Cook the vermicelli as per the instructions on the packet. Chop it into long pieces and set it aside. Put a skillet on medium heat. Coat the bottom with canola or vegetable oil. Do a rough chop on the tomatoes and garlic and cook them in the pan with a lid on. Once they get done, let them cool a little and puree them. Add two tablespoons of oil in the skillet and sauté the onion slices, add in the puree. Add water to reach the desired consistency. Add in the chickpeas. Add in half a teaspoon of cumin powder. Season with salt and chili powder. Add in a dash of lemon and garnish with chopped cilantro!
Being a savory brunch kinda girl, I have often leaned on bacon, sausage and pulled pork to rescue me from depression, hangovers over just plain old hunger. So, while a salad may qualify as a perfect vegetarian brunch option for many an evolved being, I need something more robust to take the place of the piggy!
And, at least six times out of ten, my go-to bold flavor is Indian. As a wink to the countless hashes I have had all over North America and to the flavours of my childhood, I present this spicy curried chickpea sweet potato hash. To feed two people,
You will need:
One large sweet potato
3/4 cup of cooked chickpeas
One pod of garlic, chopped
A few slices of onion
A generous handful of baby spinach (optional)
Half a small tomato (chopped)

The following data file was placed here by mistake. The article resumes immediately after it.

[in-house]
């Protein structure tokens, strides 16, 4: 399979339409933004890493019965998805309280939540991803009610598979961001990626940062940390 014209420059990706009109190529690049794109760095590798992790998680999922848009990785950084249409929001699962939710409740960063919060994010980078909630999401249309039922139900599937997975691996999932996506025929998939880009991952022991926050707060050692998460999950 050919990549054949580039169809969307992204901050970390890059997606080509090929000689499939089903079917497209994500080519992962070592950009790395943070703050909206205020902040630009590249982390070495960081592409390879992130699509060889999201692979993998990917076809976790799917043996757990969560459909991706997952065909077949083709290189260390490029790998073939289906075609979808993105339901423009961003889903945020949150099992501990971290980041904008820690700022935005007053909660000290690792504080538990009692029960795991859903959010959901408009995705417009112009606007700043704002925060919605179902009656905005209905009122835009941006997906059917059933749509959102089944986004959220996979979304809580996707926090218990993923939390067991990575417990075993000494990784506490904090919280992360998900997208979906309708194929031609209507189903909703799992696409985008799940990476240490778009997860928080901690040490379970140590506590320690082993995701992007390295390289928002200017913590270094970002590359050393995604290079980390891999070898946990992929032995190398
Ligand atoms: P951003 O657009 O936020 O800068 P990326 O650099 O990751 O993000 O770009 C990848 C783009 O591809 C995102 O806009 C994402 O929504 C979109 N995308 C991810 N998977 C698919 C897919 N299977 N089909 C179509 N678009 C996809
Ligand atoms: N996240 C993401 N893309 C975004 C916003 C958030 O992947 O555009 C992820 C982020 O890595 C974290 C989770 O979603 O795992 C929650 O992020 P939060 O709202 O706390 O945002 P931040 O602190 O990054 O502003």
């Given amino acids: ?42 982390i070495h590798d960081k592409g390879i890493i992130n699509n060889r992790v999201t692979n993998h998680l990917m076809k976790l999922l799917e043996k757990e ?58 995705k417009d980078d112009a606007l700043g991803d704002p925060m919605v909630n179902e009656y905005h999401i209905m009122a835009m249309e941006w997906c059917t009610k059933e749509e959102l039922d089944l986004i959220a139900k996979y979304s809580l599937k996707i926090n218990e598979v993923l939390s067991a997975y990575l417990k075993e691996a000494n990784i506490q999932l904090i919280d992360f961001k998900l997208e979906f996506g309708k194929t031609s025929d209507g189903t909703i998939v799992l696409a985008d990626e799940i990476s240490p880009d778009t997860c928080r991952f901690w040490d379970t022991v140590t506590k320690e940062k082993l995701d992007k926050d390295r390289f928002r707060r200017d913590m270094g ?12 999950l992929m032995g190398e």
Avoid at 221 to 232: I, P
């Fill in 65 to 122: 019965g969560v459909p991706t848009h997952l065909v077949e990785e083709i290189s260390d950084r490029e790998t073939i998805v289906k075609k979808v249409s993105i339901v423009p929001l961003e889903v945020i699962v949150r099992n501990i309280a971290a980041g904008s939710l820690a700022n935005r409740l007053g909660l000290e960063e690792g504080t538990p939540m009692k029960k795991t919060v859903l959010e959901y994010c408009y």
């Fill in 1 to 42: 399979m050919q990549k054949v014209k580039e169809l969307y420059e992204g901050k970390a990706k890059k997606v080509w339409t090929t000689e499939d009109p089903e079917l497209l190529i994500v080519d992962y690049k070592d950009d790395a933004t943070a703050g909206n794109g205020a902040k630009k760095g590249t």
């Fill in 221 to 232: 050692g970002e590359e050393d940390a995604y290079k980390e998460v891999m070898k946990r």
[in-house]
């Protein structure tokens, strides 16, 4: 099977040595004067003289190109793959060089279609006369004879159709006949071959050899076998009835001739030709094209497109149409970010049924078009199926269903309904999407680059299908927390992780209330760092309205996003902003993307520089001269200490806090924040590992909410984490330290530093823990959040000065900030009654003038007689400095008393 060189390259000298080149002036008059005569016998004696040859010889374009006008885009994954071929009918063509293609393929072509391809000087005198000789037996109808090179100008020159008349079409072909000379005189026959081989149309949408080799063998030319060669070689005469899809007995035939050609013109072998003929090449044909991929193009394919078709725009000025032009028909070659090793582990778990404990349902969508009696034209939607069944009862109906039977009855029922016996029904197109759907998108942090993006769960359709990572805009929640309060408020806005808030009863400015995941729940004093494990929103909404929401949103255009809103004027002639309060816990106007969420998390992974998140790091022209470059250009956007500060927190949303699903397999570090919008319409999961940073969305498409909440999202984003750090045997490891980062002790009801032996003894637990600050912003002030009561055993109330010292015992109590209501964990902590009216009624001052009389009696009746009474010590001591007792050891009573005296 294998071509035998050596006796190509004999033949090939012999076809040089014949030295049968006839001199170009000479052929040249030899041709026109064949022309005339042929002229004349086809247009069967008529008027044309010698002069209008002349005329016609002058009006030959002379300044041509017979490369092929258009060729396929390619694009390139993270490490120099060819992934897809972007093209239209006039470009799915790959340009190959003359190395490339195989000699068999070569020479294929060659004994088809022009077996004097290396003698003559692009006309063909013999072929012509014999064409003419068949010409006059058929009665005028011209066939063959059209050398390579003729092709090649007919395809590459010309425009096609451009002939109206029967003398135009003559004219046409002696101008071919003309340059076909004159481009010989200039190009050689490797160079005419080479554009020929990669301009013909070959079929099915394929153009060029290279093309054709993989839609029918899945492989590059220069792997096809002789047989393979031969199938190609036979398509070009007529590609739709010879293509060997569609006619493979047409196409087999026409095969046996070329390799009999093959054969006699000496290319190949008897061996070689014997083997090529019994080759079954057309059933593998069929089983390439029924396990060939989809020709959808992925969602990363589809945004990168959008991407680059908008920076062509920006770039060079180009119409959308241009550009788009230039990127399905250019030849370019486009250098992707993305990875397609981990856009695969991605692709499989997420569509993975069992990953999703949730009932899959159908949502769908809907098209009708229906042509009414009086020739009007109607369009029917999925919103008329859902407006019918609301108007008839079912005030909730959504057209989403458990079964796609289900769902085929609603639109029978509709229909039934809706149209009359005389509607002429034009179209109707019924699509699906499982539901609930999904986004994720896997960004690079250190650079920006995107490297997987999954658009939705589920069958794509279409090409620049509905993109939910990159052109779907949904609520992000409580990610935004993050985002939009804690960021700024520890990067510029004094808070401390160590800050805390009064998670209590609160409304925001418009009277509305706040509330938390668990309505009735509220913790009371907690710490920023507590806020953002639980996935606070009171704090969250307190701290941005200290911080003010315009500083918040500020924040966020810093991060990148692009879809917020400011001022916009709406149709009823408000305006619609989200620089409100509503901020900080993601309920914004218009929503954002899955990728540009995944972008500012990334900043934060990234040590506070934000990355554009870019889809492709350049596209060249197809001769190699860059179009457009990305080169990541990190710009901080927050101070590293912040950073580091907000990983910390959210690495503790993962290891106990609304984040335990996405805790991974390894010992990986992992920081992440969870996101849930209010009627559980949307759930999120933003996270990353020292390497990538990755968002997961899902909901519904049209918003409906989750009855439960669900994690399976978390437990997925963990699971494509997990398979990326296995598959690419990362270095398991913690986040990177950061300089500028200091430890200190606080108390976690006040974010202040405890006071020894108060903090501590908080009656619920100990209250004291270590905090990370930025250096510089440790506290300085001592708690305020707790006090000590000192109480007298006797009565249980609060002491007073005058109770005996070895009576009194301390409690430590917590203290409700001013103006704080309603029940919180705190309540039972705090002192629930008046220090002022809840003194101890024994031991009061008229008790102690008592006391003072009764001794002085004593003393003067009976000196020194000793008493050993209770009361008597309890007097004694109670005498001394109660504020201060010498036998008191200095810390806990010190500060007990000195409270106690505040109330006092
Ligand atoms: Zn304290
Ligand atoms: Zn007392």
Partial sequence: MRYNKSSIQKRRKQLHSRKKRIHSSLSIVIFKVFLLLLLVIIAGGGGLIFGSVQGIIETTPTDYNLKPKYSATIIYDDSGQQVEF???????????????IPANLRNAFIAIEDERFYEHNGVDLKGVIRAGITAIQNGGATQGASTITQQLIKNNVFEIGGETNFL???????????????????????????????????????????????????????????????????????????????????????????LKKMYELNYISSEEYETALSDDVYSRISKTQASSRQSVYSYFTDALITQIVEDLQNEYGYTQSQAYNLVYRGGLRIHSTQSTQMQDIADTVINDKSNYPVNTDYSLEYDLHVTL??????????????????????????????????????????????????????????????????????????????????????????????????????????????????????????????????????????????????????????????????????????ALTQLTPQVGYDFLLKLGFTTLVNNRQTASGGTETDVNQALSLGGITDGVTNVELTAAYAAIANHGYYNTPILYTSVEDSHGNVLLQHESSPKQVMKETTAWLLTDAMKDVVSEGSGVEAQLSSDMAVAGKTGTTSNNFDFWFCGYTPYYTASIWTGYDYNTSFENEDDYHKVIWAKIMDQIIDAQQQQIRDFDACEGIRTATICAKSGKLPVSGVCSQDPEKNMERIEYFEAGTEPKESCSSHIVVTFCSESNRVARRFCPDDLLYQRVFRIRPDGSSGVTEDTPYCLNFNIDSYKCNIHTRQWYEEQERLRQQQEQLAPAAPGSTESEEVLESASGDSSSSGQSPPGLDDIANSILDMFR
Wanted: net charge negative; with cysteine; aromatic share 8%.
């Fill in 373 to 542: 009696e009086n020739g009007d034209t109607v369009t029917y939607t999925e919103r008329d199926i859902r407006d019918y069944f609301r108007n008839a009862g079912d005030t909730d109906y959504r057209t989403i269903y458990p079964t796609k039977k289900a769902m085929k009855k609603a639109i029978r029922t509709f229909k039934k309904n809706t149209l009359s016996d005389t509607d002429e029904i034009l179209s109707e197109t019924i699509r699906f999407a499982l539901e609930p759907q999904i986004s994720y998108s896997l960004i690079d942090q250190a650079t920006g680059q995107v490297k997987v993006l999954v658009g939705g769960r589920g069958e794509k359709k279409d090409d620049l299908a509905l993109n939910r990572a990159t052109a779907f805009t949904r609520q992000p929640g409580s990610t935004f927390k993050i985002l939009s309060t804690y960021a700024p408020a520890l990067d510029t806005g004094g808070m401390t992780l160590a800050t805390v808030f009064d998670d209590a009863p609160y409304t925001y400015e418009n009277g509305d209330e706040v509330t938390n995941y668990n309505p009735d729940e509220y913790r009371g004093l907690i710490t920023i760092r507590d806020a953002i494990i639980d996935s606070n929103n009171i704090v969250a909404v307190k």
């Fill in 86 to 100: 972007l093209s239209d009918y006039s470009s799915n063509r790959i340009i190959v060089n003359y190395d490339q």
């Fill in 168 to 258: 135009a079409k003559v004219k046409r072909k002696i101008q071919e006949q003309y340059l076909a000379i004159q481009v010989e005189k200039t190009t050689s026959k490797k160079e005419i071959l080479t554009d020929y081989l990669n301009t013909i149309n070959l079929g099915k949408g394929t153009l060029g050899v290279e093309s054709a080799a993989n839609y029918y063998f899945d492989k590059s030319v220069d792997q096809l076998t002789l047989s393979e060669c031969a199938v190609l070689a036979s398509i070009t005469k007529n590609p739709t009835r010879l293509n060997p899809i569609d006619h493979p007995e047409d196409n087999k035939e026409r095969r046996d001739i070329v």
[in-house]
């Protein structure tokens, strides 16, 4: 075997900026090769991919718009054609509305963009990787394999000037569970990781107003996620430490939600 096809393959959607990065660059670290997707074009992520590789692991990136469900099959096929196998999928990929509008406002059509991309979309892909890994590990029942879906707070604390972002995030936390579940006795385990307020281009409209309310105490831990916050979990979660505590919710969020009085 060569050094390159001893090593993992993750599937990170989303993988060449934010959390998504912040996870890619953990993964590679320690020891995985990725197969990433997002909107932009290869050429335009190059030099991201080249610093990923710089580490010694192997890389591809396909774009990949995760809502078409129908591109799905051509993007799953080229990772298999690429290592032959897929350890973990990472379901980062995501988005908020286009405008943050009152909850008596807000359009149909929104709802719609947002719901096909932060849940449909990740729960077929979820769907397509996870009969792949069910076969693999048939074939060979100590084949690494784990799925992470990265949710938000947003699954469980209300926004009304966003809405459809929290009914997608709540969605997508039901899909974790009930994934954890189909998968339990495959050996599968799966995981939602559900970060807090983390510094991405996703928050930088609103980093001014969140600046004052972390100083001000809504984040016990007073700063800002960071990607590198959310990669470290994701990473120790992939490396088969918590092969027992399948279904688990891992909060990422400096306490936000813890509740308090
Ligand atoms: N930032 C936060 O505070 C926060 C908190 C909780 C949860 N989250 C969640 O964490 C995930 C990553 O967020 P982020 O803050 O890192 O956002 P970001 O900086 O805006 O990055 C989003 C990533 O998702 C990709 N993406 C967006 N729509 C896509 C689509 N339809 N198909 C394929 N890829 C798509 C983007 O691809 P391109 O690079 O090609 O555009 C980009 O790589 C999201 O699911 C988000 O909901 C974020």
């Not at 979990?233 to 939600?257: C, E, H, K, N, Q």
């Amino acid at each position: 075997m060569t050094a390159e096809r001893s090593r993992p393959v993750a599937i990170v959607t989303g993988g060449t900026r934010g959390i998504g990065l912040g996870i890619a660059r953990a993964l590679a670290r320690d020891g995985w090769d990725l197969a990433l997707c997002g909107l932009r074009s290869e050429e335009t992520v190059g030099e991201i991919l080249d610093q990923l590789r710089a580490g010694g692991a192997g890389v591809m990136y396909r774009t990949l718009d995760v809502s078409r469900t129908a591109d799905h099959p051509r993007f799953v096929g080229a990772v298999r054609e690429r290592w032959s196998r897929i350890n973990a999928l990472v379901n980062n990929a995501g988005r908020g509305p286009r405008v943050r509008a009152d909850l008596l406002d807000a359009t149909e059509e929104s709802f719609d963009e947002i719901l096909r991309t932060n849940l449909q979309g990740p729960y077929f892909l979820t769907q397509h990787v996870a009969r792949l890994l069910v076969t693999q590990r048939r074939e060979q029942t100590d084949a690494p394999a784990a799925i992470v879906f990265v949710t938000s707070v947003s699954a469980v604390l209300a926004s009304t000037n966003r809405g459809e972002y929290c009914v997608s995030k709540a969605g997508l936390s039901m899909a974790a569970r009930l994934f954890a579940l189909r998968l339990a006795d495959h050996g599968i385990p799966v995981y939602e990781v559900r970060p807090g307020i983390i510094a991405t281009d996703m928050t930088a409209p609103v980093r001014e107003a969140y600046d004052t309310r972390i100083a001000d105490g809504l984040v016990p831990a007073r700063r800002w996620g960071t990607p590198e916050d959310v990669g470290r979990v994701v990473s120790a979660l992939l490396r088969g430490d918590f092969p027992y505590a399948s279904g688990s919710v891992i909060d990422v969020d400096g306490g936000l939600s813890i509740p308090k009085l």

A handful of chopped coriander leaves aka cilantro
A teaspoon of chili powder
3/4 teaspoon of cumin powder
3/4 teaspoon of coriander powder
salt to taste
Two -three tablespoons of oil
Lemon juice – one tablespoon or so
Method of preparation:
Place a skillet on a burner, pour in the oil and heat. Peel the sweet potato and cut it into cubes. Stir fry them in the hot oil. Feel free to use a lid to aid quick cooking. While the sweet potatoes cook and become crisp, add in the garlic and onion slices. Stir once in a while. Once these veggies get done, add in the spinach, tomato and the chickpeas. Regulate the sweet potato-chickpea ratio if you like. Season with salt, cumin and coriander powders and lime / lemon. Add in half the chili powder, mix and taste. Add more chili powder to achieve the desired level of heat.
Heat an omelette pan. Add in a tablespoon of oil. Crack two eggs and fry them.
Serve the hash warm with a nice bright egg on top!
For most of us, what makes home-cooking sustainable are easy-to-follow templates. One such time-tested format is an egg and veggie scramble. While the prospect of scrambled eggs may tempt you into dialing those buttons and ordering that pizza, remember that an egg and veggie scramble can be dressed up easily.
Season generously, play mix and match with different veggies / frozen veggie medleys and add some store-bought or home-made sauce, and you have a decent chance of elevating this grandma’s dish into something you would happily pay 14 dollars for at a fancy brunch!
Here’s one such quick scramble recipe I can vouch for:
Beat two eggs and place them aside. Put two tablespoons of olive oil in a pan and heat it. Add chilli flakes (and crushed garlic if you wish) to the oil. Open a packet of frozen veggies and add a generous handful to the pan. Open the fridge and see if there are any other veggies you’d like to add — a few leaves of baby spinach perhaps, or a leaf of bok choy or a little shredded red cabbage. Feel free to add in herbs or cooked legumes.
Stir fry the veggies. When they are 80 per cent done, season them with salt and move them to the side of the pan and add the egg on the other side. Cover the pan. Once the eggs form a firm layer break them and scramble the mix. Add in a little store-bought or home-made pasta sauce or some tomato puree. Add in cheese if you like. Stop heating and serve with bread.
You could use pesto instead of a tomato-based sauce and expect equally fabulous results!